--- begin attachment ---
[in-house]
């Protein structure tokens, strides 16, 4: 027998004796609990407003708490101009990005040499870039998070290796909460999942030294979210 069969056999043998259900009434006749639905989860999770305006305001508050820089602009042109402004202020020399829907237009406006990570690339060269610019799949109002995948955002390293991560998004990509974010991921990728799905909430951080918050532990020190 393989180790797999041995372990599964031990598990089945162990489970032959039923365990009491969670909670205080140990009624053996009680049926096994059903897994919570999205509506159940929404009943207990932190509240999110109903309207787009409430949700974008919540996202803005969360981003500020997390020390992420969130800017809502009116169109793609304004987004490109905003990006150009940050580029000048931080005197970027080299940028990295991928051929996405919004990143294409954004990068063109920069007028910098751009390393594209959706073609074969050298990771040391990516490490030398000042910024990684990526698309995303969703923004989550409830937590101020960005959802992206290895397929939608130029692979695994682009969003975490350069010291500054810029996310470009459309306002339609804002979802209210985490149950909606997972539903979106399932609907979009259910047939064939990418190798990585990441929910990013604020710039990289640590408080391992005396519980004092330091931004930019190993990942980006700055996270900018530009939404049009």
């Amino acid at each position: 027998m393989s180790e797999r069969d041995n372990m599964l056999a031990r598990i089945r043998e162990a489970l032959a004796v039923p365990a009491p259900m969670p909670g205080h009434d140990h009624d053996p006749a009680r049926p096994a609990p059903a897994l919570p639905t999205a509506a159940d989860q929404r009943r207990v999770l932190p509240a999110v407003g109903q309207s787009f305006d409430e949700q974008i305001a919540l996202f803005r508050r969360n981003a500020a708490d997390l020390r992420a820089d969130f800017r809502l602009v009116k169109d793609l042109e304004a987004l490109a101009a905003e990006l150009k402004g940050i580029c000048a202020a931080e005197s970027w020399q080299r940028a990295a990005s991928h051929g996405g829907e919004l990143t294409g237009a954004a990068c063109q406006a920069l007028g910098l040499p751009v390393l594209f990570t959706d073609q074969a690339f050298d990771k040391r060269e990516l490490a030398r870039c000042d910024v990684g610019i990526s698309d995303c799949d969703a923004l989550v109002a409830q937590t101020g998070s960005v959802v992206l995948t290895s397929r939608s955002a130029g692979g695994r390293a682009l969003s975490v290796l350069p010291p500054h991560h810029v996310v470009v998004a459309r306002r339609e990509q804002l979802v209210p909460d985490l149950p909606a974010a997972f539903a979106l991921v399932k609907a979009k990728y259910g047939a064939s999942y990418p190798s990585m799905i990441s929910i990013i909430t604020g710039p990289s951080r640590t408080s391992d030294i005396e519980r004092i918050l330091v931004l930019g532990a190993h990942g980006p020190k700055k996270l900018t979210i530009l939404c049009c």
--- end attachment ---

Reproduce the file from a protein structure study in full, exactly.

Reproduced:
[in-house]
């Protein structure tokens, strides 16, 4: 027998004796609990407003708490101009990005040499870039998070290796909460999942030294979210 069969056999043998259900009434006749639905989860999770305006305001508050820089602009042109402004202020020399829907237009406006990570690339060269610019799949109002995948955002390293991560998004990509974010991921990728799905909430951080918050532990020190 393989180790797999041995372990599964031990598990089945162990489970032959039923365990009491969670909670205080140990009624053996009680049926096994059903897994919570999205509506159940929404009943207990932190509240999110109903309207787009409430949700974008919540996202803005969360981003500020997390020390992420969130800017809502009116169109793609304004987004490109905003990006150009940050580029000048931080005197970027080299940028990295991928051929996405919004990143294409954004990068063109920069007028910098751009390393594209959706073609074969050298990771040391990516490490030398000042910024990684990526698309995303969703923004989550409830937590101020960005959802992206290895397929939608130029692979695994682009969003975490350069010291500054810029996310470009459309306002339609804002979802209210985490149950909606997972539903979106399932609907979009259910047939064939990418190798990585990441929910990013604020710039990289640590408080391992005396519980004092330091931004930019190993990942980006700055996270900018530009939404049009």
């Amino acid at each position: 027998m393989s180790e797999r069969d041995n372990m599964l056999a031990r598990i089945r043998e162990a489970l032959a004796v039923p365990a009491p259900m969670p909670g205080h009434d140990h009624d053996p006749a009680r049926p096994a609990p059903a897994l919570p639905t999205a509506a159940d989860q929404r009943r207990v999770l932190p509240a999110v407003g109903q309207s787009f305006d409430e949700q974008i305001a919540l996202f803005r508050r969360n981003a500020a708490d997390l020390r992420a820089d969130f800017r809502l602009v009116k169109d793609l042109e304004a987004l490109a101009a905003e990006l150009k402004g940050i580029c000048a202020a931080e005197s970027w020399q080299r940028a990295a990005s991928h051929g996405g829907e919004l990143t294409g237009a954004a990068c063109q406006a920069l007028g910098l040499p751009v390393l594209f990570t959706d073609q074969a690339f050298d990771k040391r060269e990516l490490a030398r870039c000042d910024v990684g610019i990526s698309d995303c799949d969703a923004l989550v109002a409830q937590t101020g998070s960005v959802v992206l995948t290895s397929r939608s955002a130029g692979g695994r390293a682009l969003s975490v290796l350069p010291p500054h991560h810029v996310v470009v998004a459309r306002r339609e990509q804002l979802v209210p909460d985490l149950p909606a974010a997972f539903a979106l991921v399932k609907a979009k990728y259910g047939a064939s999942y990418p190798s990585m799905i990441s929910i990013i909430t604020g710039p990289s951080r640590t408080s391992d030294i005396e519980r004092i918050l330091v931004l930019g532990a190993h990942g980006p020190k700055k996270l900018t979210i530009l939404c049009c």